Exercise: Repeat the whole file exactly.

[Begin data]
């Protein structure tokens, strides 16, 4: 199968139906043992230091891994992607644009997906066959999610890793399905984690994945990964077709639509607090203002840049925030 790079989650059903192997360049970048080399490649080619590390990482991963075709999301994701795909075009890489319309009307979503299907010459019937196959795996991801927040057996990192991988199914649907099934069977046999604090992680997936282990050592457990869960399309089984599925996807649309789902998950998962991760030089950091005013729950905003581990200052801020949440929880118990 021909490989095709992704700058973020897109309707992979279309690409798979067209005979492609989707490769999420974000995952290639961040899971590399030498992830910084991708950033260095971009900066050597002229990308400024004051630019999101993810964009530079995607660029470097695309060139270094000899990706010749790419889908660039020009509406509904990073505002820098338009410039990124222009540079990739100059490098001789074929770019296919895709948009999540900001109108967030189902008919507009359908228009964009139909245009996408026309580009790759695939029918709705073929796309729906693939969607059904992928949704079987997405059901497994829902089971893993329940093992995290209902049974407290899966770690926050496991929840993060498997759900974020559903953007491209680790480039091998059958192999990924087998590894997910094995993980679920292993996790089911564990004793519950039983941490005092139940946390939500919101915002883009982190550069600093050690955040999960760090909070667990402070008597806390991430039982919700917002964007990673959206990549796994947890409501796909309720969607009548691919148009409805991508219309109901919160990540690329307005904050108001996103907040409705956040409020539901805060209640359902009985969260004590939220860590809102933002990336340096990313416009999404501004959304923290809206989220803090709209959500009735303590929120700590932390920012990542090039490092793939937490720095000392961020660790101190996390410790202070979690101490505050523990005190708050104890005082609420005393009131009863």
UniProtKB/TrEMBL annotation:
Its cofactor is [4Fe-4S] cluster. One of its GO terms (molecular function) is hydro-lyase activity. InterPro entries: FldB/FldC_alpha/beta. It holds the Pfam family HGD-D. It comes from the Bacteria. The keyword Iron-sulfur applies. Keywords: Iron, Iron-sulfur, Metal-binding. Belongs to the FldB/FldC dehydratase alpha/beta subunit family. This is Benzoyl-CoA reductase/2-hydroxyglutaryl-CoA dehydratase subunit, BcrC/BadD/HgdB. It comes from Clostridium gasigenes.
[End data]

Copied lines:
């Protein structure tokens, strides 16, 4: 199968139906043992230091891994992607644009997906066959999610890793399905984690994945990964077709639509607090203002840049925030 790079989650059903192997360049970048080399490649080619590390990482991963075709999301994701795909075009890489319309009307979503299907010459019937196959795996991801927040057996990192991988199914649907099934069977046999604090992680997936282990050592457990869960399309089984599925996807649309789902998950998962991760030089950091005013729950905003581990200052801020949440929880118990 021909490989095709992704700058973020897109309707992979279309690409798979067209005979492609989707490769999420974000995952290639961040899971590399030498992830910084991708950033260095971009900066050597002229990308400024004051630019999101993810964009530079995607660029470097695309060139270094000899990706010749790419889908660039020009509406509904990073505002820098338009410039990124222009540079990739100059490098001789074929770019296919895709948009999540900001109108967030189902008919507009359908228009964009139909245009996408026309580009790759695939029918709705073929796309729906693939969607059904992928949704079987997405059901497994829902089971893993329940093992995290209902049974407290899966770690926050496991929840993060498997759900974020559903953007491209680790480039091998059958192999990924087998590894997910094995993980679920292993996790089911564990004793519950039983941490005092139940946390939500919101915002883009982190550069600093050690955040999960760090909070667990402070008597806390991430039982919700917002964007990673959206990549796994947890409501796909309720969607009548691919148009409805991508219309109901919160990540690329307005904050108001996103907040409705956040409020539901805060209640359902009985969260004590939220860590809102933002990336340096990313416009999404501004959304923290809206989220803090709209959500009735303590929120700590932390920012990542090039490092793939937490720095000392961020660790101190996390410790202070979690101490505050523990005190708050104890005082609420005393009131009863």
UniProtKB/TrEMBL annotation:
Its cofactor is [4Fe-4S] cluster. One of its GO terms (molecular function) is hydro-lyase activity. InterPro entries: FldB/FldC_alpha/beta. It holds the Pfam family HGD-D. It comes from the Bacteria. The keyword Iron-sulfur applies. Keywords: Iron, Iron-sulfur, Metal-binding. Belongs to the FldB/FldC dehydratase alpha/beta subunit family. This is Benzoyl-CoA reductase/2-hydroxyglutaryl-CoA dehydratase subunit, BcrC/BadD/HgdB. It comes from Clostridium gasigenes.